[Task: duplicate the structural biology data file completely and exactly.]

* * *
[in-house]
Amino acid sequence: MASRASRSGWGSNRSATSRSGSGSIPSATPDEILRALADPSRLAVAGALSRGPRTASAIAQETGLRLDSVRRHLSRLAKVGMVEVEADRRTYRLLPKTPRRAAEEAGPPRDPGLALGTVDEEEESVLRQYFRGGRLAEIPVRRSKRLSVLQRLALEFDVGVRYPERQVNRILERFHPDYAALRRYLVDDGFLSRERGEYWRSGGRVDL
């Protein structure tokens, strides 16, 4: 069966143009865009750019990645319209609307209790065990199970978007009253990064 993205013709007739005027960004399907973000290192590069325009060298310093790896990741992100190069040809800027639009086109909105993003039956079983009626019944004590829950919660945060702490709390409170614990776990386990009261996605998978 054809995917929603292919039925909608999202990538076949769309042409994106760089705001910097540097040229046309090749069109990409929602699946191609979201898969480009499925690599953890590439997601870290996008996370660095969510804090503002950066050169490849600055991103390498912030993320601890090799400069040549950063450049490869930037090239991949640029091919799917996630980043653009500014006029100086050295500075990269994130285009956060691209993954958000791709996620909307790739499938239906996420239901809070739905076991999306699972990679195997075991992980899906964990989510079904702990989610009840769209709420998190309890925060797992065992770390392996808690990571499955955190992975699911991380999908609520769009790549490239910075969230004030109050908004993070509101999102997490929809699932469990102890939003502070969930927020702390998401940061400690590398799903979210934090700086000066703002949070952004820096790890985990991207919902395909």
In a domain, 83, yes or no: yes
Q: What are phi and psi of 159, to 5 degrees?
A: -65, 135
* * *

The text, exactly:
[in-house]
Amino acid sequence: MASRASRSGWGSNRSATSRSGSGSIPSATPDEILRALADPSRLAVAGALSRGPRTASAIAQETGLRLDSVRRHLSRLAKVGMVEVEADRRTYRLLPKTPRRAAEEAGPPRDPGLALGTVDEEEESVLRQYFRGGRLAEIPVRRSKRLSVLQRLALEFDVGVRYPERQVNRILERFHPDYAALRRYLVDDGFLSRERGEYWRSGGRVDL
């Protein structure tokens, strides 16, 4: 069966143009865009750019990645319209609307209790065990199970978007009253990064 993205013709007739005027960004399907973000290192590069325009060298310093790896990741992100190069040809800027639009086109909105993003039956079983009626019944004590829950919660945060702490709390409170614990776990386990009261996605998978 054809995917929603292919039925909608999202990538076949769309042409994106760089705001910097540097040229046309090749069109990409929602699946191609979201898969480009499925690599953890590439997601870290996008996370660095969510804090503002950066050169490849600055991103390498912030993320601890090799400069040549950063450049490869930037090239991949640029091919799917996630980043653009500014006029100086050295500075990269994130285009956060691209993954958000791709996620909307790739499938239906996420239901809070739905076991999306699972990679195997075991992980899906964990989510079904702990989610009840769209709420998190309890925060797992065992770390392996808690990571499955955190992975699911991380999908609520769009790549490239910075969230004030109050908004993070509101999102997490929809699932469990102890939003502070969930927020702390998401940061400690590398799903979210934090700086000066703002949070952004820096790890985990991207919902395909």
In a domain, 83, yes or no: yes
Q: What are phi and psi of 159, to 5 degrees?
A: -65, 135